The former director of the agency that provides Head Start for preschoolers in Somerville and Cambridge freely used the agency’s credit card for personal expenses, racking up more than 100 personal charges in a single year, according to an independent audit that apparently cost Kimberly Smith-Cofield her job.
As the audit was being finalized, Smith-Cofield abruptly resigned as executive director of the Community Action Agency of Somerville in June, followed closely by the agency’s finance director and later four members of the board. Agency officials declined to release or even describe the audit findings, calling them confidential.
But a copy of the audit filed with the attorney general shows that Smith-Cofield frequently used the agency’s credit card for unspecified personal purchases, despite repeated warnings from agency officials to stop. The audit describes Smith-Cofield’s personal purchases as “misappropriation of agency funds,” though it does not disclose the amount. The audit also suggests Smith-Cofield repaid the money.
Now, the state and federal agencies that provide nearly all of the agency’s $5.5 million budget are calling for better financial controls, and the state Department of Housing and Community Development has launched its own audit of the agency, which Smith-Cofield had run since 2009.
“We’re stewards of public money here,” said Arthur Jemison, deputy undersecretary of Housing and Community Development. “The things that we saw in the audit concerned us a great deal. It goes to our mission, which is we’ve got to make sure families take advantage of the services, and the public dollars that go to support that are being spent efficiently.”
Kimberly Smith-Cofield abruptly resigned as executive director of the Community Action Agency of Somerville in June. She had held the post since 2009.
If the state’s audit uncovers more problems, Jemison said, the Community Action Agency could face penalties, including the loss of hundreds of thousands of dollars in state-distributed grant money.
“We’ve got a wide range of options and everything is on the table,” said Jemison, whose department is in charge of distributing the federal grants.
Reached by phone Sunday, Smith-Cofield, who said her last name is now Simmons, declined to comment. “I have nothing to add to the story,” she said.
Disclosure of the findings by independent auditor James A. George of Boston pierces a wall of silence that has surrounded the Community Action Agency since Smith-Cofield left on June 30 after a little more than three years on the job.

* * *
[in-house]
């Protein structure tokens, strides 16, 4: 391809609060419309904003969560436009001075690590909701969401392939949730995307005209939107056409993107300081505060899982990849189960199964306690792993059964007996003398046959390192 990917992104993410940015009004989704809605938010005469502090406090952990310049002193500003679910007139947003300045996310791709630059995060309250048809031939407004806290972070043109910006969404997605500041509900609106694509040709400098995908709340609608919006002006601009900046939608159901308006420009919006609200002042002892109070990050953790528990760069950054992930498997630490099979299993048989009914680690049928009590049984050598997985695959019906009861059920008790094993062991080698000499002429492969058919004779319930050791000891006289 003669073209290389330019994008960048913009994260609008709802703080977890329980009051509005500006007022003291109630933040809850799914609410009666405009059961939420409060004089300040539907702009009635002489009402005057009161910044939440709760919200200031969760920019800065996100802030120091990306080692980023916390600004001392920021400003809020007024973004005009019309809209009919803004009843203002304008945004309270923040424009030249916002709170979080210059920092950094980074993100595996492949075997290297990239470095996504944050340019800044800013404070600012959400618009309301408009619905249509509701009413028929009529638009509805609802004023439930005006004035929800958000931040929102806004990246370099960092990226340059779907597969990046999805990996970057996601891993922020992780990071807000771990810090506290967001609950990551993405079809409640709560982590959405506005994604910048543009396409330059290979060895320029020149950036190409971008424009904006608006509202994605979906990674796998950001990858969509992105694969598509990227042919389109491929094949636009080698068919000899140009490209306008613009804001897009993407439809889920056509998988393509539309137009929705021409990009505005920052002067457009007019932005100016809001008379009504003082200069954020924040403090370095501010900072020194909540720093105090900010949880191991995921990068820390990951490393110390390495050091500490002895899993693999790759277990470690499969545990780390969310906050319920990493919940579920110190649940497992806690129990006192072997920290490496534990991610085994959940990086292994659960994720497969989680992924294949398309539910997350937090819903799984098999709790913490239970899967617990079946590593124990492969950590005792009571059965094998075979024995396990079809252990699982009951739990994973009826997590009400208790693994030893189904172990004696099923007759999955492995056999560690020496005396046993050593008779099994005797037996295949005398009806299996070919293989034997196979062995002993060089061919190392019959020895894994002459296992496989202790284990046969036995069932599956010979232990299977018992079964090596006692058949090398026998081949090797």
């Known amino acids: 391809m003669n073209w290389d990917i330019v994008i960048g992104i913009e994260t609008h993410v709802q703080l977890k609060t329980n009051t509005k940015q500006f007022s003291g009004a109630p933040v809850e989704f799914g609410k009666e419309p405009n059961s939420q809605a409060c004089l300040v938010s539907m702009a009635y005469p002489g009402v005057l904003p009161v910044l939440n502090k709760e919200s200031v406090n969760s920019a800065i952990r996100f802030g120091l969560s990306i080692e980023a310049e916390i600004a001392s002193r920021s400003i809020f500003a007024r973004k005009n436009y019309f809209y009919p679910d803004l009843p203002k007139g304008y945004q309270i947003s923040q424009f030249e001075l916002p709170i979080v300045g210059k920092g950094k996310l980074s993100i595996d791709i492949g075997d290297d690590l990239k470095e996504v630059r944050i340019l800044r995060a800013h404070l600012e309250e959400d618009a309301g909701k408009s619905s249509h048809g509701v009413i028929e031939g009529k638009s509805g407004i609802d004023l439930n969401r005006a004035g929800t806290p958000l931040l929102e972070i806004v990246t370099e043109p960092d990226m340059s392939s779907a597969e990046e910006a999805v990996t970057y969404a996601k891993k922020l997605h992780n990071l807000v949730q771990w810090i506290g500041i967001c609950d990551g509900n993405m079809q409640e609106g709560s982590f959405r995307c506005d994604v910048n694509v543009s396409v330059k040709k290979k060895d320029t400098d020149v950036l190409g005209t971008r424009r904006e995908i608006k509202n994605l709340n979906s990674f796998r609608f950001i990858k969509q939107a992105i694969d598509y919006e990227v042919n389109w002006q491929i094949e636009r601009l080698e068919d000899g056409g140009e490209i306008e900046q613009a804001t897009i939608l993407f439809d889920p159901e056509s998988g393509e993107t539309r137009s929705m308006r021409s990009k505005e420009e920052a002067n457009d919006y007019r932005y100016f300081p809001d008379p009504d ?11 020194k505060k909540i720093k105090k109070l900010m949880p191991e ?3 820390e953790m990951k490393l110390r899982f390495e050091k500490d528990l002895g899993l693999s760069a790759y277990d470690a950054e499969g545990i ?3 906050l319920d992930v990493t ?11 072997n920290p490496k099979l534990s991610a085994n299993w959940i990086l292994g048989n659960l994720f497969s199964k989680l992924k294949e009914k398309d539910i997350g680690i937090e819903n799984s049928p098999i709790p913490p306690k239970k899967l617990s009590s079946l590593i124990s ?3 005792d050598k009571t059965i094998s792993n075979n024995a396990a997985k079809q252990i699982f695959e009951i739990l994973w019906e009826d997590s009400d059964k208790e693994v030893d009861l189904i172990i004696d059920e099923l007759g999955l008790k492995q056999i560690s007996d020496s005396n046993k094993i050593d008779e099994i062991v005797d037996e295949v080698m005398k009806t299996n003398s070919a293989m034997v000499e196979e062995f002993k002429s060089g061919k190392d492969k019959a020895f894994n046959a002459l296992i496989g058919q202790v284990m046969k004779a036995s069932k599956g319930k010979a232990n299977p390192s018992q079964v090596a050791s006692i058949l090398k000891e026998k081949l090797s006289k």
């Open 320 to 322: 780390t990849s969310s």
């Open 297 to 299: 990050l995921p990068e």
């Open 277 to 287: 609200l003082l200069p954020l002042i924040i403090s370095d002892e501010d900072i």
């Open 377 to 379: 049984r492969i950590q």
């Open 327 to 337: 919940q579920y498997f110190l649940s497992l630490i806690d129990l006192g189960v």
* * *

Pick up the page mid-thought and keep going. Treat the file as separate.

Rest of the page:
According to documents the agency filed with the IRS, Smith-Cofield was paid $85,442 in 2009, the latest year for which information is available. Officials would not disclose Smith-Cofield’s most recent salary.
Other agency leaders have given varied reasons for remaining silent. Suzanne Bremer, the board chairman who resigned Oct. 2, along with three other board members, said she could not comment because she had made a deal as part of Smith-Cofield’s resignation.
“I have signed a nondisclosure agreement with the former executive director,” said Bremer in a phone interview.
The current board president, Sonja Darai, also declined to talk about the problems on Smith-Cofield’s watch. Instead, she issued a statement that acknowledged the difficulties and pledged to continue to improve internal financial controls.
The Community Action Agency of Somerville “has made great strides to improve its operations which support its critical mission of providing Head Start education to 355 children in Somerville and Cambridge and assisting those in the community who are the most in need,” Darai wrote.
Last year, most of the agency’s $5.5 million budget was drawn from federal block grants. The lion’s share — $4.4 million in state and federal money — paid for Head Start, and $417,540 paid for an advocacy program to help prevent homelessness and help lowincome residents obtain benefits.
Though demand for the agency’s services remains high — more than 13,000 Somerville residents live in poverty, the highest percentage since 1993 — questions have swirled around the agency’s leadership since 2010, when a state review found weaknesses in basic financial management. A federal review of Head Start this spring also found deficiencies in accounting practices.